In the variable volume cells heretofore available, accurate visual measurement of the volumes of the phases in equilibrium has been difficult if not impossible. In those cells in which heavy glass sight glasses were provided directly in the cell the sight glasses generally covered such a small area that only a small portion of the change in liquid volume could be observed. In some instances the shape of the cell or the location of the sight glass is such that accurate measurement of a slight change in volume of the liquid is not possible.

The extremely high pressures at which the cells are used which may range up to 10,000 p.s.i. or more, make it desirable that the cell allow accurate measurement of small samples. Then, if there should be a failure of the apparatus the release of energy that occurs is limited. It is further desirable that the apparatus allow equilibn'a to be obtained in the cell at known temperatures.

This invention resides in apparatus for the visual measurement of phase equilibria on constant temperature and constant mass expansion of samples of mixtures of normally gaseous and normally liquid substances, and for displacement of accurately measured samples, in which an elongated vertical transparent sample tube is supported within a jacket adapted to withstand high pressures. Sight glasses in the jacket permit observation of the sample tube over substantially its full height. The pressure within the sample tube and within the jacket is equalized by sealing fluids in a connecting line joining the lower end of the sample tube and the space surrounding it within the jacket. A stirring mechanism within the jacket stirs both the hydraulic fluid surrounding the tube and the sample within the tube and thereby facilitates reaching equilibrium conditions within the sample cell.

In the drawings:

Figure l is a diagrammatic arrangement of apparatus constructed according to this invention for the measurement of phase equilibria.

Figure 2 is a vertical sectional view along the section line lI-II in Figure 4 through the jacket and sample tube.

Figure 3 is a front view, partly in section along section line III-III in Figure 4, showing the arrangement of the stirring apparatus.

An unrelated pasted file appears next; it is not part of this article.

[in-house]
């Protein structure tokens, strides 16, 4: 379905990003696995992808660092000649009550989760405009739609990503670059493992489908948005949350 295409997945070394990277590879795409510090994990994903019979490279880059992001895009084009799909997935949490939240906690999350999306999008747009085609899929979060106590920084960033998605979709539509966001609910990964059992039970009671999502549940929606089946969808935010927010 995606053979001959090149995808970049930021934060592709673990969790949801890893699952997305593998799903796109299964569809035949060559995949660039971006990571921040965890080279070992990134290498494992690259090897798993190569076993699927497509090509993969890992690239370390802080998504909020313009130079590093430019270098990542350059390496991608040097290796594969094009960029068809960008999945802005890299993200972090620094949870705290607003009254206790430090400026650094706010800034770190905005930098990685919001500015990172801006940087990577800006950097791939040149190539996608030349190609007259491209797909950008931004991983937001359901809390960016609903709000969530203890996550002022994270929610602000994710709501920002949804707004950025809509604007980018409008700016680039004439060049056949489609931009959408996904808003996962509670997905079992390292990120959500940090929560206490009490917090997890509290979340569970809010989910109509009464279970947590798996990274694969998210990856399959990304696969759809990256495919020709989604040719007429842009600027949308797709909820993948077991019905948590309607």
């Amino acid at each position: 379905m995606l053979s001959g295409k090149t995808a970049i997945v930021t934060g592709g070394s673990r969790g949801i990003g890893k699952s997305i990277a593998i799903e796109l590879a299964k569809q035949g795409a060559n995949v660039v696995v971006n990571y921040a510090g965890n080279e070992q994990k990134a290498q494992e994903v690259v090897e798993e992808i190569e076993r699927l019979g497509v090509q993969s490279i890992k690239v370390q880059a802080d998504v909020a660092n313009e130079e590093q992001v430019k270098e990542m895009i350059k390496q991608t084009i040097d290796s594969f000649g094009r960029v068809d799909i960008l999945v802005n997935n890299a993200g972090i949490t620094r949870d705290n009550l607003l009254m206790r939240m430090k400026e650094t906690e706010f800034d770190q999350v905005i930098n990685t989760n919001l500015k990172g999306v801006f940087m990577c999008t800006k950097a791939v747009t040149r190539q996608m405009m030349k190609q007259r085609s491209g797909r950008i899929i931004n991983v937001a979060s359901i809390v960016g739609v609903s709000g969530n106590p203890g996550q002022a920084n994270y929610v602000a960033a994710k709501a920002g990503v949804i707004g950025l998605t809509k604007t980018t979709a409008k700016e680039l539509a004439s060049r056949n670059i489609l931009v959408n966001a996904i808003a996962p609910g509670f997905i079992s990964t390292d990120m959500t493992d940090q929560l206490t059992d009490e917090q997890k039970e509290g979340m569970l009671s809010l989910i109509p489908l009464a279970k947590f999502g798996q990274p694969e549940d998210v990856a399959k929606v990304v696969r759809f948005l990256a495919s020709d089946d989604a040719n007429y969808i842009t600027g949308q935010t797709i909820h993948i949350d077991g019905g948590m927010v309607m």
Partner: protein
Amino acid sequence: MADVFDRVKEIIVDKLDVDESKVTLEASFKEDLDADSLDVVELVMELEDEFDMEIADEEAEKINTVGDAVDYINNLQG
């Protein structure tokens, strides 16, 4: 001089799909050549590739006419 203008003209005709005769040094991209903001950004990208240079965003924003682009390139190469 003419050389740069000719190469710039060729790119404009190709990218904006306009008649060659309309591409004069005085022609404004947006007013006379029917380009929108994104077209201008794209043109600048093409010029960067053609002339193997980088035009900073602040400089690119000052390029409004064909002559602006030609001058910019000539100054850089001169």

Figure 4 is a top view illustrating the connections to the top of the jacket.

Figure 5 is a detailed sectional view along the section line VV in Figure 4 of the valve at the upper end of the sample tube for control of the release of pressure and removal of the sample.

Figure 6 is a front elevation of the jacket showing the sight glasses permitting observation of the sample within the cell 2.

Figure 7 is a horizontal sectional view, taken along the section line VIIVII in Figure 3.

Figure 8 is a plan view of the bottom of the jacket.

Referring to the drawings, in Figure 1 is shown a diagrammatic sketch of the variable volume cell of this invention with connected apparatus used for measurement of phase equilibria. The variable volume cell, indicated generally by reference numeral 10, is supported in a constant temperature bath 12. Conventional means, not shown, can be used to control the temperature of the bath 12. It is important that the liquid in the constant temperature bath be transparent. The variable volume cell 10 comprises an elongated vertically arranged tubular member closed at each end and having sight glasses 14 extending longitudinally thereof to permit observation within the cell for substantially its full length. A transparent sample tube 15 extends vertically into the upper and lower closure blocks of the variable volume cell. The upper end of the sample tube 16 is connected through high pressure sample tubing 18 to a sample container 20. Suitable valves 22 and 24 are provided between the sample container 20 and the sample tube 16 to permit purging the sample tubing 18 and disconnecting the sample container 20 without disturbing the sample within the sample tube 16.